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What is the next generation image search going to be like? StockPhotoTalk, in an article on a similar topic hints at image search engines like YotoPhoto and Pixsy that help provide copyleft images and images from those places on the internet which are usually not spidered by the traditional search engines from Google and Yahoo. But is this the next generation we are talking about?

In my opinion, Next generation Image search engines mean much more than that. Consider this: You are taking part in an online quiz competition and you are given a picture of a celebrity to be identified. Now, here is an ideal situation that is not addressed by the current search engines, where images are displayed only for keyowords that you provide. In other words, the above situation will require a search engine that addresses a situation opposite to the current scenario, where all you need is to right-click on the image, copy the image location on the website server, and paste it in the search bar of the next-gen image search engine. The search engine should then be able to compare this image with those in its index and provide relevant images or text from the web.

How to go about doing this:

Now, the question remains how you can go about creating such a search engine. The answer lies in a software whose algorithm is capable of identifying the varying hues and shades that appear on a photo, compare it with the hues and shades that appear on the other millions of photos that it has indexed from across the web, and provide those that match with the queried image. Moving ahead, the software should also be able to match texts that appear predominantly in the texts accompanying each of the web pages containing the matching image, and provide a text based result. For example, if I query an image of Mahatma Gandhi, the search engine should be able to deliver text results of the Indian freedom movement.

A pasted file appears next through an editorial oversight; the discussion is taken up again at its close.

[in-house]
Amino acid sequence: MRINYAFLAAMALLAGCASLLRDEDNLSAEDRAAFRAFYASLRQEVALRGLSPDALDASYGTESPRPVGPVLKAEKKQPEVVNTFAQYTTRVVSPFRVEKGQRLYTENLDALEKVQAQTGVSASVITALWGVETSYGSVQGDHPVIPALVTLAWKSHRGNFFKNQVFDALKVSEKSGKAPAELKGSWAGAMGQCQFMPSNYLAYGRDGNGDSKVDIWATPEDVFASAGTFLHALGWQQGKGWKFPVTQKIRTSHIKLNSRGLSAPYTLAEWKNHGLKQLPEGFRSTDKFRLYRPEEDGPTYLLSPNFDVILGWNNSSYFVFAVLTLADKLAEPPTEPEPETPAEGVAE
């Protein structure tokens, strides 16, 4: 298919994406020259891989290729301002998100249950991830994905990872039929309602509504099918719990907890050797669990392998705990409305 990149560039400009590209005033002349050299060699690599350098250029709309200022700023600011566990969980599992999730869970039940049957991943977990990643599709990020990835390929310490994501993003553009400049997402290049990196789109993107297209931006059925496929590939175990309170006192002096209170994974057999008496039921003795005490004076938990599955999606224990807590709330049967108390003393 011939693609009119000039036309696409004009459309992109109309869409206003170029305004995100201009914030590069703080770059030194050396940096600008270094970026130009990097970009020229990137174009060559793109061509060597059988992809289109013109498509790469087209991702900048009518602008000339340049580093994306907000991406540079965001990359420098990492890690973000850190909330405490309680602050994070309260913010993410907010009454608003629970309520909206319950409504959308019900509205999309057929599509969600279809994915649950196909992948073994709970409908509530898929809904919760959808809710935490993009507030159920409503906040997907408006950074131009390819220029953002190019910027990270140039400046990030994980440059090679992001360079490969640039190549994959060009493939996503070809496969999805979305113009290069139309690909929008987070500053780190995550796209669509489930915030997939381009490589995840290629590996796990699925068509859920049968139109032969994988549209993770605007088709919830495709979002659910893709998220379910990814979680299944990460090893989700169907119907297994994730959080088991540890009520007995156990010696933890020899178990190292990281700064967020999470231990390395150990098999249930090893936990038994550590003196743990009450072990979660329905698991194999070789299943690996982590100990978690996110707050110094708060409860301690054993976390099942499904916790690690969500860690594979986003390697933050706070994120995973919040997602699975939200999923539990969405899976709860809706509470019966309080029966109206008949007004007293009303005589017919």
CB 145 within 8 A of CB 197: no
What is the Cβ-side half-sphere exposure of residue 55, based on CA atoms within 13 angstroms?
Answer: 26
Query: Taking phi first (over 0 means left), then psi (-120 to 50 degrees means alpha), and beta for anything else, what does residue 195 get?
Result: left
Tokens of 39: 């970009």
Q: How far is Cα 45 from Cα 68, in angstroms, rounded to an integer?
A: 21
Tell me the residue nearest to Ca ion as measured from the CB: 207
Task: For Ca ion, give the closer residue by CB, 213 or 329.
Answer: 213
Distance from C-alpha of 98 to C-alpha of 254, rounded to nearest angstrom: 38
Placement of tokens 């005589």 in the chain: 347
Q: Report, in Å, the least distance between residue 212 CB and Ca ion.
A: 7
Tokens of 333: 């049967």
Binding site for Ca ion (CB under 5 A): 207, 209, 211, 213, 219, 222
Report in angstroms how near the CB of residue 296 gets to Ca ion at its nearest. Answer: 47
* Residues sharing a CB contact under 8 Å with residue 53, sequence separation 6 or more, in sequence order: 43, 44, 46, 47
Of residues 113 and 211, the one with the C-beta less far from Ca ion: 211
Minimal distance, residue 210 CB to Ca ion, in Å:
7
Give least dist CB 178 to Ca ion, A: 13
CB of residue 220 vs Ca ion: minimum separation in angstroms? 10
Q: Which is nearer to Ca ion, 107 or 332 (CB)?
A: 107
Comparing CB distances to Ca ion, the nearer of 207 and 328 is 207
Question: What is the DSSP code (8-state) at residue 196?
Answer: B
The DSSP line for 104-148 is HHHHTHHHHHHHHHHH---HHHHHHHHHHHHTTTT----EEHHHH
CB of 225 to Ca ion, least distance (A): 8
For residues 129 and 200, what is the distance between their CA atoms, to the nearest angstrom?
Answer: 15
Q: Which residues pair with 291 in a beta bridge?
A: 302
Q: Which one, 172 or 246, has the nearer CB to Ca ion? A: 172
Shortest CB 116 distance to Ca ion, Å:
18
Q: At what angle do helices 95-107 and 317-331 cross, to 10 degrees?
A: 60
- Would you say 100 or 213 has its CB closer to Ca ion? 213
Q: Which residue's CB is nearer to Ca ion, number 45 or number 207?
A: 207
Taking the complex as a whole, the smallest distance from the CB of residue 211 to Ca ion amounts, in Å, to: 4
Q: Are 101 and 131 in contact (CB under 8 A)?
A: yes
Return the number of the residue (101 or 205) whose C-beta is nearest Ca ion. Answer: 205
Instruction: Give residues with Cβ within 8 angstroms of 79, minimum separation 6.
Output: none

Present Technology:

Though the ideas presented seem kind of far fetched, it is not too far away as well. Current researches on this field prove so. For example, sometime back, I had blogged about MyHeritage, a 'Face recognition Software' that helps you find out which are the celebrities you resemble most with. This software works very similar to the algorithm I have talked about in this page. Whereas MyHeritage is a software 'trained' only to identify human faces, more extensive research on the same technology can help us move more closely to the next generation image search that we are talking about.

And the task is already been taken up. The Ohio State University is already researching on such a technology. Called WISE (acronym for Web Image Search Engine), the search engine allows users to upload images from their desktop to the university server and then compare it with the existing images. This is the closest that we have yet been to the next generation of image search.


So, why are the present stalwarts in the field not taken this project yet. The problems, in my opinion, quite justify the same. For one, it is the time taken for a search. Unlike the Google Web search, you cannot expect the search to take place in those '0.12 seconds'. Checking color patterns through the millions of images takes much more time than a mere text search. And the next problem is that of monetization. Unlike the text search which reaps in millions to the Search Engine in the form of sponsored links, image search technology does not justify the costs. It costs much more to develop technology that will understand images to realize the underlying text and then provide the most appropriate ad, than the return on investment that Google or any other search engine can expect to make from it.

Future indications:

The best bet is now on the WISE technology to take shape. For now, this search engine indexes only around 112,382 images, which makes most of the results provided irrelevant to say the least. But, the technology will only be proved when the indexed image list grows, which shall happen sooner or later. Another possible direction is an acquisition of the MyHeritage technology by the existing bigshots in the industry. For one, MyHeritage is not just about Face Recognition Technology. It is more about building family network online, which is yet another form of social networking on the web. This model will align with existing business models that Google has been operating in, as in Orkut(which is one of the top social networking sites). Hence, an acquisition of the MyHeritage technology by Google shall prove to be a phenomenal shift in search technology.

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